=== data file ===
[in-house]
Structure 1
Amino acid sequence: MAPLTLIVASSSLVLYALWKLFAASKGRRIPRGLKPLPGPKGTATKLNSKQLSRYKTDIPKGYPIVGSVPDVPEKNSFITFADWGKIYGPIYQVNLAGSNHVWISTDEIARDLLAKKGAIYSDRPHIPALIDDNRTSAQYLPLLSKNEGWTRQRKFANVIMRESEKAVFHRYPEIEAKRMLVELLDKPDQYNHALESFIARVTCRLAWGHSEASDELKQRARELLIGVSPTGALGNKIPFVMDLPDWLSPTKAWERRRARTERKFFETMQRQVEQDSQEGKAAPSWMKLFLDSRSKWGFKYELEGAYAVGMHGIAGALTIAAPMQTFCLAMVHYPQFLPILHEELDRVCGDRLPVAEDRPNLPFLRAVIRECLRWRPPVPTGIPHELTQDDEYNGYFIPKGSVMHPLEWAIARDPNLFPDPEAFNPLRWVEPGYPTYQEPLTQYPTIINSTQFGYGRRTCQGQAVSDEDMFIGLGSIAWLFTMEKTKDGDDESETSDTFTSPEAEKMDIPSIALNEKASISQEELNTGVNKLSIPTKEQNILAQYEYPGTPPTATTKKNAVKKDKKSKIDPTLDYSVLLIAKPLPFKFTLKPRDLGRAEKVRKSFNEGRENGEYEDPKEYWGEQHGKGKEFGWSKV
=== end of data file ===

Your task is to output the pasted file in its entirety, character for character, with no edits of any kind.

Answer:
[in-house]
Structure 1
Amino acid sequence: MAPLTLIVASSSLVLYALWKLFAASKGRRIPRGLKPLPGPKGTATKLNSKQLSRYKTDIPKGYPIVGSVPDVPEKNSFITFADWGKIYGPIYQVNLAGSNHVWISTDEIARDLLAKKGAIYSDRPHIPALIDDNRTSAQYLPLLSKNEGWTRQRKFANVIMRESEKAVFHRYPEIEAKRMLVELLDKPDQYNHALESFIARVTCRLAWGHSEASDELKQRARELLIGVSPTGALGNKIPFVMDLPDWLSPTKAWERRRARTERKFFETMQRQVEQDSQEGKAAPSWMKLFLDSRSKWGFKYELEGAYAVGMHGIAGALTIAAPMQTFCLAMVHYPQFLPILHEELDRVCGDRLPVAEDRPNLPFLRAVIRECLRWRPPVPTGIPHELTQDDEYNGYFIPKGSVMHPLEWAIARDPNLFPDPEAFNPLRWVEPGYPTYQEPLTQYPTIINSTQFGYGRRTCQGQAVSDEDMFIGLGSIAWLFTMEKTKDGDDESETSDTFTSPEAEKMDIPSIALNEKASISQEELNTGVNKLSIPTKEQNILAQYEYPGTPPTATTKKNAVKKDKKSKIDPTLDYSVLLIAKPLPFKFTLKPRDLGRAEKVRKSFNEGRENGEYEDPKEYWGEQHGKGKEFGWSKV